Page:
To The Parent Of Teens Who's Had Enough — I'm Right There With You


My house is full of sass, raging hormones, and too many people who want to be in charge. Rebellion runs down my walls, and as soon as you walk in my house, it reeks of confrontation. I took my youngest son’s phone away the other day for the simple fact that he was disagreeing with everything I said, just for the fuck of it.

It wouldn’t have mattered if I told him when his birthday was, or a memory from my childhood before he was even thought of — he would have twisted in there somehow to try and prove me wrong.

If you’ve ever seen a mother driving down the road straight-faced, with a teenager sitting next to her that looked as though they wanted to invest in a time portal just to get the hell away from her, I bet you wondered why she was putting up with it, or why that kid was such an asshole.

Or maybe you are her, and you know that on most days, regardless of what you do — or how much you try to love them — it’s as if they’ve sprayed themselves with mom repellent.

If you are a mom of teenagers, and you feel like everyone is looking at you thinking you are doing it all wrong, that their teen will never act like yours, and you are on the edge because you’ve had enough and literally don’t know what to do, I feel you.

We are good mothers who try as hard as we can, and do the best we know how. It’s so easy for someone who isn’t currently raising teens to clap back and point out all the things you are doing wrong, but they have no idea.

I’ve changed the WiFi password in my house more times than I can count. I’ve taken phones away for weeks. I’ve found pot in their room, caught them in lies, driven down the street to get my son who stands six inches taller than me into my car after I told him he wasn’t allowed to leave the house.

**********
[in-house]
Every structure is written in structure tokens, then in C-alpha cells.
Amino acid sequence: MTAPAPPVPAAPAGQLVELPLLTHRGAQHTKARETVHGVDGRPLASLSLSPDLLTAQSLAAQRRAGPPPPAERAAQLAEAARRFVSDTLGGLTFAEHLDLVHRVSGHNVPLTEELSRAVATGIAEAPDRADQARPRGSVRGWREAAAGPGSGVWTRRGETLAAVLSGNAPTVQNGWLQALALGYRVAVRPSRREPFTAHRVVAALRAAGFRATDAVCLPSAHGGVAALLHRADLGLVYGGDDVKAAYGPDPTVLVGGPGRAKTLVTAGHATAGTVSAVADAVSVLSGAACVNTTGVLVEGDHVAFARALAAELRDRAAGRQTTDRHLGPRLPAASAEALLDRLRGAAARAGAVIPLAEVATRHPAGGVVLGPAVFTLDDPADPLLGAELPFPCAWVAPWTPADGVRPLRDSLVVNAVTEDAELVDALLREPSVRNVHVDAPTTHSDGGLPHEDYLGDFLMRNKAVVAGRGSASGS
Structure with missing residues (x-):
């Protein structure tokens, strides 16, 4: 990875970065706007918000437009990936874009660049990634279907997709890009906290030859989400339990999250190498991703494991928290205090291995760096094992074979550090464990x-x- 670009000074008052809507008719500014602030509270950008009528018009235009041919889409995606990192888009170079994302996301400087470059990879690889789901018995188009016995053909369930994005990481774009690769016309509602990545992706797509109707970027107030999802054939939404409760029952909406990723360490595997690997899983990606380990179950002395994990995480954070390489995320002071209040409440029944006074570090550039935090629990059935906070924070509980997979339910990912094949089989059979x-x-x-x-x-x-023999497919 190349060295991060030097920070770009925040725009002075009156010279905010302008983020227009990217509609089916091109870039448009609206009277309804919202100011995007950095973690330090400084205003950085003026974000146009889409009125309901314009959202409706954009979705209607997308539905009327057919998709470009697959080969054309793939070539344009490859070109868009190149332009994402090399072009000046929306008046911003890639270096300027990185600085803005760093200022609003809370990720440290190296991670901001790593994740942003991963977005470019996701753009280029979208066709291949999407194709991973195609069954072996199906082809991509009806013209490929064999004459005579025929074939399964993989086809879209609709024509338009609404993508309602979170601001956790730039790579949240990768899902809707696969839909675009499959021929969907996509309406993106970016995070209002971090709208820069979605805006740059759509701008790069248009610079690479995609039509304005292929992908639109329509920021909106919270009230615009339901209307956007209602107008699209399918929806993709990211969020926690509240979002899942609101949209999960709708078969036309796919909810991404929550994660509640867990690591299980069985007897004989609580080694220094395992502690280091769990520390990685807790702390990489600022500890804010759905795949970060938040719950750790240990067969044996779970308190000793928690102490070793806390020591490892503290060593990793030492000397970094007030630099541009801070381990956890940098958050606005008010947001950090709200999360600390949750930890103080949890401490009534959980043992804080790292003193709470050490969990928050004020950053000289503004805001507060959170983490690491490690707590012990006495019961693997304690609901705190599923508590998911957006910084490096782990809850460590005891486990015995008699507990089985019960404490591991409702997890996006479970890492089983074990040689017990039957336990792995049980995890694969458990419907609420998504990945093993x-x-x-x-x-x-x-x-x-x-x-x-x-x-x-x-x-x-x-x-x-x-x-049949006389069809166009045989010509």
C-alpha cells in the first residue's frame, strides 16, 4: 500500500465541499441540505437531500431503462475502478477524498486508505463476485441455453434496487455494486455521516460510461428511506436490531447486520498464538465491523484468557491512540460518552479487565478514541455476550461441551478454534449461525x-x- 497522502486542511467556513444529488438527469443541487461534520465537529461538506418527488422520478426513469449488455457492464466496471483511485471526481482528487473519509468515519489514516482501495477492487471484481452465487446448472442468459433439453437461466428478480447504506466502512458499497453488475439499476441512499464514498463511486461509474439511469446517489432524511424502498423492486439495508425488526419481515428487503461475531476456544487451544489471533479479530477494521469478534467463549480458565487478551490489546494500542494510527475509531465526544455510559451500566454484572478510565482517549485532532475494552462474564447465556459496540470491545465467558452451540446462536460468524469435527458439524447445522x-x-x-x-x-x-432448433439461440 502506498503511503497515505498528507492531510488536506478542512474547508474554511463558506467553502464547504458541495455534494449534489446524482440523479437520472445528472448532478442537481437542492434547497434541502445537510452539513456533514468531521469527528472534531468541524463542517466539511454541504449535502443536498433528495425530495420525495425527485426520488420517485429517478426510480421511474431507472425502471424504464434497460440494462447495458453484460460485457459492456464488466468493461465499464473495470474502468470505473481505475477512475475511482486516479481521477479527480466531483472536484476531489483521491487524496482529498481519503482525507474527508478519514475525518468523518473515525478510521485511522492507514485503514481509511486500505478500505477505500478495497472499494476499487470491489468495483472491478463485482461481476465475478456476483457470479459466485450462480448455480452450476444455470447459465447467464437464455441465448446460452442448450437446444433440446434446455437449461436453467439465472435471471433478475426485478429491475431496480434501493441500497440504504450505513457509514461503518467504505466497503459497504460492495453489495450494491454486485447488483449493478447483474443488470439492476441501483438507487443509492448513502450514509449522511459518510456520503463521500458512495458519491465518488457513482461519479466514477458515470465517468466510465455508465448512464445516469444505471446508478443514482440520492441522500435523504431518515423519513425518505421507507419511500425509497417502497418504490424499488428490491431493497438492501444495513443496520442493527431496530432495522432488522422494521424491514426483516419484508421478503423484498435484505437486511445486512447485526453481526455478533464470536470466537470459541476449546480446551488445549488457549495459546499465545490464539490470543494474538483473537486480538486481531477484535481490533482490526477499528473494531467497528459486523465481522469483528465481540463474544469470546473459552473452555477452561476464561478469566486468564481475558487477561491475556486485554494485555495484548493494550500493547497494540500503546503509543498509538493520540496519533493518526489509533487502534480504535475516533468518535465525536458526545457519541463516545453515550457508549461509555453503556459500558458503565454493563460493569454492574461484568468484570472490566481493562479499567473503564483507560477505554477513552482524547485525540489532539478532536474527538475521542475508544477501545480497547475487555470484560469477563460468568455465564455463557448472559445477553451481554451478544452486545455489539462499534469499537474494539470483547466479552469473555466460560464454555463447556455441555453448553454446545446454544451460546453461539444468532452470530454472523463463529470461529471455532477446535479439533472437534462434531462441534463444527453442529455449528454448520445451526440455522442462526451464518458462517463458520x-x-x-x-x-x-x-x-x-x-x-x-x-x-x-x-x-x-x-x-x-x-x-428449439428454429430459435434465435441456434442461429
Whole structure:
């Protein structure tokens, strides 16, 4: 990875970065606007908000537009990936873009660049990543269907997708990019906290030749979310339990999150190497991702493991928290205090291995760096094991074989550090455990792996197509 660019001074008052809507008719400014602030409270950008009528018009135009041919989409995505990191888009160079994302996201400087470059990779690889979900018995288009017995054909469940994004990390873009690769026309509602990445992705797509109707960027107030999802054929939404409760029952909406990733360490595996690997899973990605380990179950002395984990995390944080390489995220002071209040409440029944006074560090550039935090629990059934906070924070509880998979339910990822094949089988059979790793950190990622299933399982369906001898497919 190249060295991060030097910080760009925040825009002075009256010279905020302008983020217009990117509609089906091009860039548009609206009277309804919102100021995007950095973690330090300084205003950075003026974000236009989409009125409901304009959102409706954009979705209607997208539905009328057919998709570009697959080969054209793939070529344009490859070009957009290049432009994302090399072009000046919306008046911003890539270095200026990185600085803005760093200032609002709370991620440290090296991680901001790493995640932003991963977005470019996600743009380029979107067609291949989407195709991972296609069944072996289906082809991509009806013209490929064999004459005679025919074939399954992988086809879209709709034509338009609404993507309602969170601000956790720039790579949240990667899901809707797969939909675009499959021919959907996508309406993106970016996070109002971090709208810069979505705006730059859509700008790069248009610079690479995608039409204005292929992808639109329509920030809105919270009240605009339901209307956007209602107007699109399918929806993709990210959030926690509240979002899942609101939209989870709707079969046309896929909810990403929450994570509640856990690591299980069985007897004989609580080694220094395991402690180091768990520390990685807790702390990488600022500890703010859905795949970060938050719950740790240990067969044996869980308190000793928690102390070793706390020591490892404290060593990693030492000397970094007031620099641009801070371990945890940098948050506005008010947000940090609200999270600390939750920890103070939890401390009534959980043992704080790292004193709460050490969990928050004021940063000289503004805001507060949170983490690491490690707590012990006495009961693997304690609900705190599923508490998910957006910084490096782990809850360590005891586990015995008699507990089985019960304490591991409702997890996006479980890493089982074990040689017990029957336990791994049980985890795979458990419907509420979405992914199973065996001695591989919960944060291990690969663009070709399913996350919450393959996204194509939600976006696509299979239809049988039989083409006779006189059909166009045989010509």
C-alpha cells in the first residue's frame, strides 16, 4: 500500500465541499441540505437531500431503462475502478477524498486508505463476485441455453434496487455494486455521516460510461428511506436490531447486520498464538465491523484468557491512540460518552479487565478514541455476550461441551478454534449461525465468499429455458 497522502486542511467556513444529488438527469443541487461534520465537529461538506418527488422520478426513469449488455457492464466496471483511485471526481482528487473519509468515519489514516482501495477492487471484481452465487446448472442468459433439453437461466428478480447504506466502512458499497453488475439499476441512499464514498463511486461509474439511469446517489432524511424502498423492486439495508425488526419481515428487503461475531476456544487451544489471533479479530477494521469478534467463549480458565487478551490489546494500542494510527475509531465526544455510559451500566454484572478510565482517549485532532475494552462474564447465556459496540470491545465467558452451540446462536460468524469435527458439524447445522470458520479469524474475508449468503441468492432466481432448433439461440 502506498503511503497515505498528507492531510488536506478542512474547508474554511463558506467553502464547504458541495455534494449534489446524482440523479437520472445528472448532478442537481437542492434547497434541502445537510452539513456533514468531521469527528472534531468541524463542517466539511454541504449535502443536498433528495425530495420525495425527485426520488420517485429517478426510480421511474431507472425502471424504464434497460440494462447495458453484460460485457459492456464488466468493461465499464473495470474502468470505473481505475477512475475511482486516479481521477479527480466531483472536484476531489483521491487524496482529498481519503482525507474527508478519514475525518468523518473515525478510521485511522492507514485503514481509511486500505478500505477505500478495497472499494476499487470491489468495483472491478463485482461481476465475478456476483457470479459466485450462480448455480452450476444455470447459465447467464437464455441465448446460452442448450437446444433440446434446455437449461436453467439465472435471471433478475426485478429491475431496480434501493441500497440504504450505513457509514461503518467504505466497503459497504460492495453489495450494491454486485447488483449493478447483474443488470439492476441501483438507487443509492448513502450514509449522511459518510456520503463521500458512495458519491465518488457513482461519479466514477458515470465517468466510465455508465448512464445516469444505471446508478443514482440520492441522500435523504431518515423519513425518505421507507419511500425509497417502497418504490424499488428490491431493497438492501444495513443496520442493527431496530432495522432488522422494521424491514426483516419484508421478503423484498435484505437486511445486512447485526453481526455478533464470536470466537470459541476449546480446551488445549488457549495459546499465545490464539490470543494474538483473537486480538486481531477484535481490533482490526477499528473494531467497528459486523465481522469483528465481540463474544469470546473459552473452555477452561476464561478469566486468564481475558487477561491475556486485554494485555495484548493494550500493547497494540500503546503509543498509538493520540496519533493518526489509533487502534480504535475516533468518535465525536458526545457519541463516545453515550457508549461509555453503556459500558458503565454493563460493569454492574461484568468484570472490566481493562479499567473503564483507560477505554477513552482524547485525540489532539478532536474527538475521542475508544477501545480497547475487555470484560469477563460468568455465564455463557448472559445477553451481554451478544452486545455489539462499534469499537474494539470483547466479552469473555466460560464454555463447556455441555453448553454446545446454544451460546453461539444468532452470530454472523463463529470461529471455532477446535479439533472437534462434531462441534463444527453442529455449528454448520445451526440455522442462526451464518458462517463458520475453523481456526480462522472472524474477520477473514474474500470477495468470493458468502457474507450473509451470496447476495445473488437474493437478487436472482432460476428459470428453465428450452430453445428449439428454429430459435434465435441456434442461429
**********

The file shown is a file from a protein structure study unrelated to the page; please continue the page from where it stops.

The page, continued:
I’ve stood behind his car when he was trying to leave during this pandemic after I told him not to. I’ve spent hours on the phone with teachers. I’ve racked my brain trying to help them with physics homework. I’ve laid down with them when they couldn’t fall asleep after a broken heart. I’ve spent every day trying to teach them the value of being aware of others. I’ve nursed them back to health after losing pets, and I’ve had to rush out of the house in my robe to get my son after a car accident.

One of my teens struggled with anxiety and depression and was cutting herself.

Another one has a mold collection in his room because he refuses to bring dishes downstairs after he sneaks food in his room when I’m not home.

But on the other hand, I’ve watched them bond with each other, or stop what they were doing to help me with something, and felt so proud I could burst.

Teenagers are amazing, resilient, and I’m so thankful for them. But damn, they are exhausting. And there are times when I feel so strung out, I literally don’t know what to do.

When they don’t do their school work, I could do it for them but I’m not going to do that.

When they screw up, I could step in and fix it, but I’m not going to do that.

When they are disrespectful to me, I could ignore them and let them get away with it, but I’m not going to do that.

Instead, I am going to fight the fight and lose sleep along the way.

I am going to keep trying and keep letting them know they are loved.

I am going to let them know that they can choose to break the rules, but there will be consequences.

What else can I do? I can’t follow them around. I can’t live their lives for them. I have to somehow figure out how to let them take the wheel and realize I am only the supporting actress here.

But damn, I am tired. I’m at a loss sometimes. There are days when my feet hit the floor and I get an email saying one of my kids is missing work, or I see a towel on the floor and I’ve already had enough. Days when I’ve looked at the pile of overflowing trash after asking them to take it out five times already, and feel like I can’t handle one more thing.

Teenagers are these creatures who have a mind of their own, and a lot of times, they don’t like to play by the rules. And letting them feel the wrath of their own choices and taking responsibility while trying to keep them safe is a dance, one that drains my soul and never lets me fully relax.

To the mom of teens, I see you. I know how hard this is, and just because your kids are doing stuff you hate right now, it doesn’t mean you aren’t trying or they won’t find their way. All we can do is get through the next moment, the next hour, the next day.

Just please, promise me you will cut yourself a little slack and give credit to the fact the teen years are the true trenches of parenthood. And there are lots of us fighting the good fight right alongside you.